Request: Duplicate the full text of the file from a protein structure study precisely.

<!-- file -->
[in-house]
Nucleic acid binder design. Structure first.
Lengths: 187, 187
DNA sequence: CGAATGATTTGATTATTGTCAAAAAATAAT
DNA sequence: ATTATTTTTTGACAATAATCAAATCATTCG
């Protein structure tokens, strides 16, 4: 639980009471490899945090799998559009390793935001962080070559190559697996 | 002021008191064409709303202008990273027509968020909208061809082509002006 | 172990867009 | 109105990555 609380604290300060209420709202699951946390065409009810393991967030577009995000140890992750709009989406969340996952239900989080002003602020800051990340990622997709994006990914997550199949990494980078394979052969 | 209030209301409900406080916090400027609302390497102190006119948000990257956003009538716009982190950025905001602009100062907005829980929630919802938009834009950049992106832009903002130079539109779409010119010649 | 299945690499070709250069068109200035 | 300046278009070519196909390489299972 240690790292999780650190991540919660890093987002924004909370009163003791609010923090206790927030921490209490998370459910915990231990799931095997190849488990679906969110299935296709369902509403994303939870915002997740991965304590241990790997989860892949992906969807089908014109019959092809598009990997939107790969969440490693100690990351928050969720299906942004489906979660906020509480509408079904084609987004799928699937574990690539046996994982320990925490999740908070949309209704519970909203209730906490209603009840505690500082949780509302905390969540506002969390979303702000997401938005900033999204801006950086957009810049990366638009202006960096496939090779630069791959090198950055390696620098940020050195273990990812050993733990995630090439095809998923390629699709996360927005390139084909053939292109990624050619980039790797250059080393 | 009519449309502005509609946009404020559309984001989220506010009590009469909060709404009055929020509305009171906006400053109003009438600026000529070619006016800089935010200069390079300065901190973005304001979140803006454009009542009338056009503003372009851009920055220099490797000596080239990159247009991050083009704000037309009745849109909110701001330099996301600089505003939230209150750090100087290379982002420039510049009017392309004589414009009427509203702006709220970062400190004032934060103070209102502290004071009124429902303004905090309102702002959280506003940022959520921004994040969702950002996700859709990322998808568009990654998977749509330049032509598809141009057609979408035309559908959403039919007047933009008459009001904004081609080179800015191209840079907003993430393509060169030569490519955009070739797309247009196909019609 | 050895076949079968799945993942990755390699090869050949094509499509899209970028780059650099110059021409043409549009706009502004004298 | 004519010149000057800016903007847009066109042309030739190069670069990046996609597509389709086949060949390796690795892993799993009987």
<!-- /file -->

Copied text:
[in-house]
Nucleic acid binder design. Structure first.
Lengths: 187, 187
DNA sequence: CGAATGATTTGATTATTGTCAAAAAATAAT
DNA sequence: ATTATTTTTTGACAATAATCAAATCATTCG
């Protein structure tokens, strides 16, 4: 639980009471490899945090799998559009390793935001962080070559190559697996 | 002021008191064409709303202008990273027509968020909208061809082509002006 | 172990867009 | 109105990555 609380604290300060209420709202699951946390065409009810393991967030577009995000140890992750709009989406969340996952239900989080002003602020800051990340990622997709994006990914997550199949990494980078394979052969 | 209030209301409900406080916090400027609302390497102190006119948000990257956003009538716009982190950025905001602009100062907005829980929630919802938009834009950049992106832009903002130079539109779409010119010649 | 299945690499070709250069068109200035 | 300046278009070519196909390489299972 240690790292999780650190991540919660890093987002924004909370009163003791609010923090206790927030921490209490998370459910915990231990799931095997190849488990679906969110299935296709369902509403994303939870915002997740991965304590241990790997989860892949992906969807089908014109019959092809598009990997939107790969969440490693100690990351928050969720299906942004489906979660906020509480509408079904084609987004799928699937574990690539046996994982320990925490999740908070949309209704519970909203209730906490209603009840505690500082949780509302905390969540506002969390979303702000997401938005900033999204801006950086957009810049990366638009202006960096496939090779630069791959090198950055390696620098940020050195273990990812050993733990995630090439095809998923390629699709996360927005390139084909053939292109990624050619980039790797250059080393 | 009519449309502005509609946009404020559309984001989220506010009590009469909060709404009055929020509305009171906006400053109003009438600026000529070619006016800089935010200069390079300065901190973005304001979140803006454009009542009338056009503003372009851009920055220099490797000596080239990159247009991050083009704000037309009745849109909110701001330099996301600089505003939230209150750090100087290379982002420039510049009017392309004589414009009427509203702006709220970062400190004032934060103070209102502290004071009124429902303004905090309102702002959280506003940022959520921004994040969702950002996700859709990322998808568009990654998977749509330049032509598809141009057609979408035309559908959403039919007047933009008459009001904004081609080179800015191209840079907003993430393509060169030569490519955009070739797309247009196909019609 | 050895076949079968799945993942990755390699090869050949094509499509899209970028780059650099110059021409043409549009706009502004004298 | 004519010149000057800016903007847009066109042309030739190069670069990046996609597509389709086949060949390796690795892993799993009987």